The first is an application to purchase Brush Power LLC and all of its assets, including Brush Units 1, 3 and 4, for a total purchase price of about $75m. The buy is from Centennial Power LLC, an affiliate of Bicent Power LLC.

The Brush units have a total capacity of 237 MW, including Brush Unit 1, a 60 MW combined-cycle unit; Brush Unit 3, a 30 MW simple-cycle unit; and Brush Unit 4, a 147 MW combined-cycle unit. The Brush units currently provide energy and capacity to PSCo under purchased power agreements that are set to expire in 2017 for Brush Unit 1 and Brush Unit 3, and 2022 for Brush Unit 4.

The second July application seeks approval to retire Arapahoe Unit 4, a 109-MW coal-fired facility, at the end of 2013. This is an alternative to permanently switching the unit to natural gas, which is an option the commission has previously approved, and instead replacing the capacity and associated energy with a natural gas purchased power agreement with an existing generator.

Also in the second application, the utility requested approval to enter into a multi-element transaction with Southwest Generation Operating and its affiliates, SWG Arapahoe LLC and SWG Fountain Valley Gas LLC. The utility wants approval for a new ten-year, 118.8-MW PPA with SWG Arapahoe, under which PSCo will purchase the output from Arapahoe Units 5-7 from Jan. 1, 2014, through Dec. 31, 2023, and a natural gas sales agreement with SWG Fountain Valley Gas under which PSCo will sell natural gas for the Fountain Valley generation facility.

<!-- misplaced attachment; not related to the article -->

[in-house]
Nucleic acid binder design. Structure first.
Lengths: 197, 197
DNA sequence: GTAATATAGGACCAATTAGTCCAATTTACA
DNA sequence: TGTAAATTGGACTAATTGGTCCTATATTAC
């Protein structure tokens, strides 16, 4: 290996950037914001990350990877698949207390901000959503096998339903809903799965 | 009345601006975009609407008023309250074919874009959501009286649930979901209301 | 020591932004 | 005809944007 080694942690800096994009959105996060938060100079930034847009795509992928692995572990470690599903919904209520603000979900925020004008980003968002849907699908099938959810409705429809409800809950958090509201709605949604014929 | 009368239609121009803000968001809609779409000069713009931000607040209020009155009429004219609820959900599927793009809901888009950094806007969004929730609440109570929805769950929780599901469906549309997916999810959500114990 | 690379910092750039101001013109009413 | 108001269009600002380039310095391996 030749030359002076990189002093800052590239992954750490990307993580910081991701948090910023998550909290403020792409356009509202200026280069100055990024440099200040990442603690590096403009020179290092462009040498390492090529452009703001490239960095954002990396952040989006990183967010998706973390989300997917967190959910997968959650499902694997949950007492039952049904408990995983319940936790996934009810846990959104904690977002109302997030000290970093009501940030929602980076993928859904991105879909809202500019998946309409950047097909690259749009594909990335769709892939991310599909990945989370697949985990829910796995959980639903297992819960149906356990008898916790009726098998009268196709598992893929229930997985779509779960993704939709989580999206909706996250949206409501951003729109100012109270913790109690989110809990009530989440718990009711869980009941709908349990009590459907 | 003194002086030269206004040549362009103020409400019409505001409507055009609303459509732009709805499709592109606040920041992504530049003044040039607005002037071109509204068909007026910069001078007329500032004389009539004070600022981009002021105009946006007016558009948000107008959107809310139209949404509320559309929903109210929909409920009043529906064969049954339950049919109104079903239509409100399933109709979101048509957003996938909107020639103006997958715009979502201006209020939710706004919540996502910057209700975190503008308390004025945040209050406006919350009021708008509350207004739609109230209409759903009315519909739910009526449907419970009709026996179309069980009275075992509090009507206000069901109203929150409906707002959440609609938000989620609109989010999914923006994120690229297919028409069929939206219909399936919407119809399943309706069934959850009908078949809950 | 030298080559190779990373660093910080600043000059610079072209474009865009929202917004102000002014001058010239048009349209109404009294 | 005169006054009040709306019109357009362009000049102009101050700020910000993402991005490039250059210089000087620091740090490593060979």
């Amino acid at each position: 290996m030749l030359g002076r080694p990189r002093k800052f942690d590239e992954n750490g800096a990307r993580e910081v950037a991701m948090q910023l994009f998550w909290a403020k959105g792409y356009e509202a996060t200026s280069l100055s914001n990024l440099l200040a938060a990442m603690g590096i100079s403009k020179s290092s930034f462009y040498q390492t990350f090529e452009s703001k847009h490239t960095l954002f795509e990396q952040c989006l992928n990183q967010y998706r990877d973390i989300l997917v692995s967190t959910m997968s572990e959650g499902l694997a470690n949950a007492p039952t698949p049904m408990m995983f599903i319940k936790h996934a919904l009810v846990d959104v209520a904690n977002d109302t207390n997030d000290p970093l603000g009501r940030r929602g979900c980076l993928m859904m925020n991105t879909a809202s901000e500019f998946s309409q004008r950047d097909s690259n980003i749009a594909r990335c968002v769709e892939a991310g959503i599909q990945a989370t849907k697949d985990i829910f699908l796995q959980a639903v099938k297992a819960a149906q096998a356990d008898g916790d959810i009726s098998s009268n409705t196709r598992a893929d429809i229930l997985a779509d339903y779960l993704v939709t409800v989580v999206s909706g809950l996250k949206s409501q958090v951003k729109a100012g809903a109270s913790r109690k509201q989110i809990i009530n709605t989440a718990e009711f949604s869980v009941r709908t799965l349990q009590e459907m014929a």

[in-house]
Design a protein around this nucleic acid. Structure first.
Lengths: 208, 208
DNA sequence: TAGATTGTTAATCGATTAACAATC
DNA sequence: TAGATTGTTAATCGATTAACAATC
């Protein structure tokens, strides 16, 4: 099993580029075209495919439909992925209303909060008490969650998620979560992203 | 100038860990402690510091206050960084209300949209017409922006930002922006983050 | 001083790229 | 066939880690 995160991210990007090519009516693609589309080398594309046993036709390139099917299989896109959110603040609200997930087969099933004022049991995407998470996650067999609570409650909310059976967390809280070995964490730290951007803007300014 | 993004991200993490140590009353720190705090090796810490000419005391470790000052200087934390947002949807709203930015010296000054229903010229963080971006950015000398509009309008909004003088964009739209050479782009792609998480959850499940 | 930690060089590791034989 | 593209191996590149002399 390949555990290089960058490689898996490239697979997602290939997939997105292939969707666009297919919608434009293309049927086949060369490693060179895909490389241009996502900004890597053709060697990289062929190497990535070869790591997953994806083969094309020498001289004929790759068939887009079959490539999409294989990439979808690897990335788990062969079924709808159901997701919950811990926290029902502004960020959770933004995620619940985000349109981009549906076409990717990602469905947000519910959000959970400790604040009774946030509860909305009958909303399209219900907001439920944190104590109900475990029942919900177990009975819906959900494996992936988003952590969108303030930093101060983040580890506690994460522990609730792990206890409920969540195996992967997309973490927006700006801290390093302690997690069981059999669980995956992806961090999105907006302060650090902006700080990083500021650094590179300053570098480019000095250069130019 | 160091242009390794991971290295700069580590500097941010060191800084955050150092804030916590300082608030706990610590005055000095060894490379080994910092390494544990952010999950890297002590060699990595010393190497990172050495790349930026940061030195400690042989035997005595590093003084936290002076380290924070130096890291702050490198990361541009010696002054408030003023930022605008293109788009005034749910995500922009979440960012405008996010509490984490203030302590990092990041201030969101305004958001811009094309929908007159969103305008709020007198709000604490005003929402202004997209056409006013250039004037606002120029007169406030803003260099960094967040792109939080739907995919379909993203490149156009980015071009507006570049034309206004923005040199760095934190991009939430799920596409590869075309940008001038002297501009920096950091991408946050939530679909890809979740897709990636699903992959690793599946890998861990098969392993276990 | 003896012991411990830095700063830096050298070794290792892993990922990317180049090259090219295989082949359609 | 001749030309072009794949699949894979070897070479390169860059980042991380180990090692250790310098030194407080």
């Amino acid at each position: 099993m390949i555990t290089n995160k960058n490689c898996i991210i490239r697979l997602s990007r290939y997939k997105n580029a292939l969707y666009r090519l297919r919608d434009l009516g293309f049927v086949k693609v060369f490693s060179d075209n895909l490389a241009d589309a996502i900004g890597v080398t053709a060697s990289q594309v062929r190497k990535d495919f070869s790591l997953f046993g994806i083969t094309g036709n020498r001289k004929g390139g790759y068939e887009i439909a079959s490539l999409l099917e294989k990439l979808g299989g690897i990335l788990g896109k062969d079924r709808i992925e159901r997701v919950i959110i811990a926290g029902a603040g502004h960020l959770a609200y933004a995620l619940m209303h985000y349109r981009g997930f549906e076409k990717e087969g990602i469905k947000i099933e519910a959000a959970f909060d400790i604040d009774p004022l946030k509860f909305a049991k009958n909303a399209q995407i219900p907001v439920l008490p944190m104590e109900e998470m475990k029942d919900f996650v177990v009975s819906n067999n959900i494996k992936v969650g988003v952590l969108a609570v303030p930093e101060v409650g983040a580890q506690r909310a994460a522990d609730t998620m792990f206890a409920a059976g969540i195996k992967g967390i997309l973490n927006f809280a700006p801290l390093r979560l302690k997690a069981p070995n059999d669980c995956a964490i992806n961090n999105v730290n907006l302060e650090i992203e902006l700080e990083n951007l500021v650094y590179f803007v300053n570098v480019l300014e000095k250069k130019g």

PSCo is the current supplier of gas to the Fountain Valley facility and the current purchaser of the electricity from that facility under a “tolling” arrangement that was due to expire Aug. 31, 2012. When this tolling arrangement expires, SWG will contract for a different purchaser of the power from this generation facility, but SWG will still need gas supplied to the facility, PSCo noted in the July 5 application.

In December 2010, the commission approved the utility’s Clean Air-Clean Jobs Act-compliance plan, which forms the basis for much of PSCo’s current actions and included:

  • Shutdown of Cherokee Units 2 and 1 in 2011 and 2012, respectively, and Cherokee 3 (365 MW in total) by the end of 2015, after a new natural gas combined-cycle unit is built at Cherokee (569 MW);
  • Fuel-switch Cherokee 4 (352 MW) to natural gas by 2017;
  • Shutdown of Arapahoe Unit 3 (45 MW) and fuel-switch Unit 4 (111 MW) in 2014 to natural gas;
  • Shutdown of Valmont Unit 5 (186 MW) in 2017;
  • Install selective catalytic reduction (SCR) for controlling NOx and a scrubber for controlling SO2 on Pawnee in 2014;
  • Install SCRs on Hayden Unit 1 in 2015 and Hayden Unit 2 in 2016; and
  • Convert Cherokee Unit 2 and Arapahoe Unit 3 to synchronous condensers to support the transmission system.
About Barry Cassell 20414 Articles
Barry Cassell is Chief Analyst for GenerationHub covering coal and emission controls issues, projects and policy. He has covered the coal and power generation industry for more than 24 years, beginning in November 2011 at GenerationHub and prior to that as editor of SNL Energy’s Coal Report. He was formerly with Coal Outlook for 15 years as the publication’s editor and contributing writer, and prior to that he was editor of Coal & Synfuels Technology and associate editor of The Energy Report. He has a bachelor’s degree from Central Michigan University.